KABUL, Afghanistan, Nov. 20 (UPI) -- The French army withdrew 400 combat forces from Kapisa province in Afghanistan Tuesday, winding down its combat mission in the war-savaged country.
Since 2008, the soldiers have occupied the Nijrab base in the province where major routes from Pakistan to the Afghan capital of Kabul intersect, Radio France Internationale reported. The withdrawal is part of an accelerated departure ordered by President Francois Hollande.
Of the 2,200 French soldiers remaining in Afghanistan, about 700 will leave by year's end and those left will organize the troops' final departure in 2013. The remaining troops also will be responsible for ensuring military equipment is returned to France and for training the Afghan forces to assume security duties.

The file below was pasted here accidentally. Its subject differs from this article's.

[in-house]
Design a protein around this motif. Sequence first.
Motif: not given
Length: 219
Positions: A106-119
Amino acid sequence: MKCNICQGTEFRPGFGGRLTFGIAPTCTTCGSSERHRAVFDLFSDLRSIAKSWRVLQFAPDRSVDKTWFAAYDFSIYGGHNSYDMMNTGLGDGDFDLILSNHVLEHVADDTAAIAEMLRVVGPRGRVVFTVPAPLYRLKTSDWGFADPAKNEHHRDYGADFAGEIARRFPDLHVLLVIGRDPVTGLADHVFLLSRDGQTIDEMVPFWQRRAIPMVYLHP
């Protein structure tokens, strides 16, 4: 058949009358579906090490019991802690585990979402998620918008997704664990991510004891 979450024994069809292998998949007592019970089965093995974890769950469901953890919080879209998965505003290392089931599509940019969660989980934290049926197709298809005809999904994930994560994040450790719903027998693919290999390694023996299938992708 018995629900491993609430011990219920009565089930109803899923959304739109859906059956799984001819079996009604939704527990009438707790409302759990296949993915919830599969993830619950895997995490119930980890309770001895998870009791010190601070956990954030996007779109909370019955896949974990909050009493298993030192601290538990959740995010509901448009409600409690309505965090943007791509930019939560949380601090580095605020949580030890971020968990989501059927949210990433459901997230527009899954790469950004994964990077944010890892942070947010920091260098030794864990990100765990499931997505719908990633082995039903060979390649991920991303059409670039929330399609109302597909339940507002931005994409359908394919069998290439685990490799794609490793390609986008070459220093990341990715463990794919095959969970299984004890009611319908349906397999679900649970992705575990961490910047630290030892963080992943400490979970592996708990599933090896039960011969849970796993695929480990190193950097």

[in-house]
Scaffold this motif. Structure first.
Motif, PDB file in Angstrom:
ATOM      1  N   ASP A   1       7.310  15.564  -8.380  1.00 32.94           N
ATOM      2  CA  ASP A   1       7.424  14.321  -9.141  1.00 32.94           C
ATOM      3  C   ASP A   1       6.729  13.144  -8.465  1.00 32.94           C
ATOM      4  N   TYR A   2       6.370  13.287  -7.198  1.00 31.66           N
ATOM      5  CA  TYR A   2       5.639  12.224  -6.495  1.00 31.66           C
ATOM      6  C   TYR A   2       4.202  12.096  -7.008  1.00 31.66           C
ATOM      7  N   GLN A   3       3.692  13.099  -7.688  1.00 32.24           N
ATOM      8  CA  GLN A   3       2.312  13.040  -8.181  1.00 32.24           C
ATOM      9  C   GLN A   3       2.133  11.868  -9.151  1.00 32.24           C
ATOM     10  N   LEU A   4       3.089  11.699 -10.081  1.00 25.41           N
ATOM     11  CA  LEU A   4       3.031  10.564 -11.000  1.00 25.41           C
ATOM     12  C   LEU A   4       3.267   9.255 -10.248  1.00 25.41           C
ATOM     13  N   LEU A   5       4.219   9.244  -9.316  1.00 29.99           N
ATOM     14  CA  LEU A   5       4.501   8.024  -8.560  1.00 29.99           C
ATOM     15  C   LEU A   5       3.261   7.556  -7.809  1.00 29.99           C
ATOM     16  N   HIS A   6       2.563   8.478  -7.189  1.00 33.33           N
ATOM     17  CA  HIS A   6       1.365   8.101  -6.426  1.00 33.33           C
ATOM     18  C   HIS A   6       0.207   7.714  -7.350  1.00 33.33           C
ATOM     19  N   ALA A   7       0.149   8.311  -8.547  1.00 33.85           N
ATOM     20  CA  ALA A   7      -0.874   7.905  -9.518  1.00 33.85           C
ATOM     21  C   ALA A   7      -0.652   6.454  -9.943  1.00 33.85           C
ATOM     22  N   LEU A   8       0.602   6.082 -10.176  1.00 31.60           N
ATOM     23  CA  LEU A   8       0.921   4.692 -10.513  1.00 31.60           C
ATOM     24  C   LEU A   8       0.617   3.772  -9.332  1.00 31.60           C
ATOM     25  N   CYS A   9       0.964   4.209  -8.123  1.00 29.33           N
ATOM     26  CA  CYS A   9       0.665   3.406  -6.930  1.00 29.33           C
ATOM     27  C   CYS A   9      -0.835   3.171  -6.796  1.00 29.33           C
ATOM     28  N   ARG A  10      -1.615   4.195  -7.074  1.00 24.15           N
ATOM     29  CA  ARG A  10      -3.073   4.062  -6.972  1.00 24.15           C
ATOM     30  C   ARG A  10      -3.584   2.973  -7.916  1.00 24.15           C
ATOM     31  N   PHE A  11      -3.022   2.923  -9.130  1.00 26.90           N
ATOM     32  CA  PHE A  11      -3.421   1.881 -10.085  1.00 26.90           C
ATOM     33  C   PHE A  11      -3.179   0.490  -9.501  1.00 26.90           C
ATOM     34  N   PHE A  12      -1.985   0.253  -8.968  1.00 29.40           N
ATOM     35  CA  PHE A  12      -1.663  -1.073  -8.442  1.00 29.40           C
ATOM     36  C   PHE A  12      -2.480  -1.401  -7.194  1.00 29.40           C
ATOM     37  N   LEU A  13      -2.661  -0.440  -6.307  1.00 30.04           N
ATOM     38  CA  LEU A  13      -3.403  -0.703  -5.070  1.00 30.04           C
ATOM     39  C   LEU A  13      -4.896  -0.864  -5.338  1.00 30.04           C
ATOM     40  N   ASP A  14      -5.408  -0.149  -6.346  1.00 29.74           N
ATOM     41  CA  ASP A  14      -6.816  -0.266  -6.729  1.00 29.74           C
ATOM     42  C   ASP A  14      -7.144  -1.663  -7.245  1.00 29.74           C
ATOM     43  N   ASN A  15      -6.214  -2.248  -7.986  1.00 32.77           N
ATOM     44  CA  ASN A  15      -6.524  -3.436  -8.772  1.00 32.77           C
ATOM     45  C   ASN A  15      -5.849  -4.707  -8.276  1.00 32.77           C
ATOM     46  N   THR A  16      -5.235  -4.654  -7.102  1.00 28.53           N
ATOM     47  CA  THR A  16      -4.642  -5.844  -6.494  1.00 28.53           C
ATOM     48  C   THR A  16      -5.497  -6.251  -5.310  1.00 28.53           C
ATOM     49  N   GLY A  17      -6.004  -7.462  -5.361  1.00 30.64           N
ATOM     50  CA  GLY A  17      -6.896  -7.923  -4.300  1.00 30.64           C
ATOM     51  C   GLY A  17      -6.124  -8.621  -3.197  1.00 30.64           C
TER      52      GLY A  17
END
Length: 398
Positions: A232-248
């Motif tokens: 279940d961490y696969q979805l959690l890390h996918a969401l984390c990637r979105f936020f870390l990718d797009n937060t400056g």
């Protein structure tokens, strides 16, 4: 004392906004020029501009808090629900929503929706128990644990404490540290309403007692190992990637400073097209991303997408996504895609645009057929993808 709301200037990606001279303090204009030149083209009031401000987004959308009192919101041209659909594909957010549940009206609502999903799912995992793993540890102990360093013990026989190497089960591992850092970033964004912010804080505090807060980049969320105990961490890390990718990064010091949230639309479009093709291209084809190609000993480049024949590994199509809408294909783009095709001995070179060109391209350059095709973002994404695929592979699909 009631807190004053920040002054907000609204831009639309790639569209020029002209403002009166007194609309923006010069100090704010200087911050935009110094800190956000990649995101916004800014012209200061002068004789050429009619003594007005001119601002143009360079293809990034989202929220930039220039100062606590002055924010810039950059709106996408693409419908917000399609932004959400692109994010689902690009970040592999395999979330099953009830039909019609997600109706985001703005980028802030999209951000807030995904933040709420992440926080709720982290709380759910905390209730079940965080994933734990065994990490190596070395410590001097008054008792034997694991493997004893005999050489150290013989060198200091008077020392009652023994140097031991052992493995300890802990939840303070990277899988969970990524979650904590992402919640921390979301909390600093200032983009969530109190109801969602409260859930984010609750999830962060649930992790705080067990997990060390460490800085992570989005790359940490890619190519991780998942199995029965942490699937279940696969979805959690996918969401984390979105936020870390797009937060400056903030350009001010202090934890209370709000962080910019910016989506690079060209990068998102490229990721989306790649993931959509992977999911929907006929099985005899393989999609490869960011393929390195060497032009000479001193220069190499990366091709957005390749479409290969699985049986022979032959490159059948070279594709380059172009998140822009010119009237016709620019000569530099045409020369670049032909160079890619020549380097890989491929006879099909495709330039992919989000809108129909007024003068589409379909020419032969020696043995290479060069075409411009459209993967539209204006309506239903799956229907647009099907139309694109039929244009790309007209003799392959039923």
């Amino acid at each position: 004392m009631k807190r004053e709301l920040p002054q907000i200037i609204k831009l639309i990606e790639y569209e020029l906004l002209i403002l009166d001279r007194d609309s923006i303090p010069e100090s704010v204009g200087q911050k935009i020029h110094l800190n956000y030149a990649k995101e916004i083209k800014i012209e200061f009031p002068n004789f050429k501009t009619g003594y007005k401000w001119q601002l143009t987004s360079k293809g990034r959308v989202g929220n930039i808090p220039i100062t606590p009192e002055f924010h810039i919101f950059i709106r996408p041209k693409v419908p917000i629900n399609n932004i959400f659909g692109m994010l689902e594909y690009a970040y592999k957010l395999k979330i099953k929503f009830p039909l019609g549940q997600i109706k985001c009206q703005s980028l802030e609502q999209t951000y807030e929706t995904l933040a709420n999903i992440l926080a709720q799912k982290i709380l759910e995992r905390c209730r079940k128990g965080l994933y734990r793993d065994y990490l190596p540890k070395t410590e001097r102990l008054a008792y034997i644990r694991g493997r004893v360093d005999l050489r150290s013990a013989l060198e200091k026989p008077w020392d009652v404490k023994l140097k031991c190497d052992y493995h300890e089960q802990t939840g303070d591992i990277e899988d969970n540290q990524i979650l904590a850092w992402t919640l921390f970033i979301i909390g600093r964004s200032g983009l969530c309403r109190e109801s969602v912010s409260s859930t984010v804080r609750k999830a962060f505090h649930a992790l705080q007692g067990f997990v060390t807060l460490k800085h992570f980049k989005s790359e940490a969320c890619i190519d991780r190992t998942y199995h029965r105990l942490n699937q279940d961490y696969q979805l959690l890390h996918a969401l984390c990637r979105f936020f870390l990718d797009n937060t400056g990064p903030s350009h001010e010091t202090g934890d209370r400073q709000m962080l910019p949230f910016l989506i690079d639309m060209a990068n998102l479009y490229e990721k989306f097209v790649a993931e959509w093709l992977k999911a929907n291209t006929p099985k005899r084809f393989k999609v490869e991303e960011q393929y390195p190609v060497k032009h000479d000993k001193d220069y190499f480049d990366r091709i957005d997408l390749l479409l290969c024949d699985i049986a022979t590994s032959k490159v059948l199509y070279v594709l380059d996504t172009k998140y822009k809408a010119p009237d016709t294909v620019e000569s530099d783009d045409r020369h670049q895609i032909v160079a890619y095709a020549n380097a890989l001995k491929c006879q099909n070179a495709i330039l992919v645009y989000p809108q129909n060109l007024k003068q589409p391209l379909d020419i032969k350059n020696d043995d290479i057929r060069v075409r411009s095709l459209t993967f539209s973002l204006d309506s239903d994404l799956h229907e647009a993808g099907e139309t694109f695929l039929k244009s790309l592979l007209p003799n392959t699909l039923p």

About 4,700 Afghan police and soldiers will be responsible for Kapisa's security, supported by about 250 U.S. troops, RFI said.
The French pullout Tuesday came about two years before the 100,000-member International Security Assistance Force force is scheduled to leave.
The mission in Kapisa province accounted for 60 of the 88 French deaths in Afghanistan.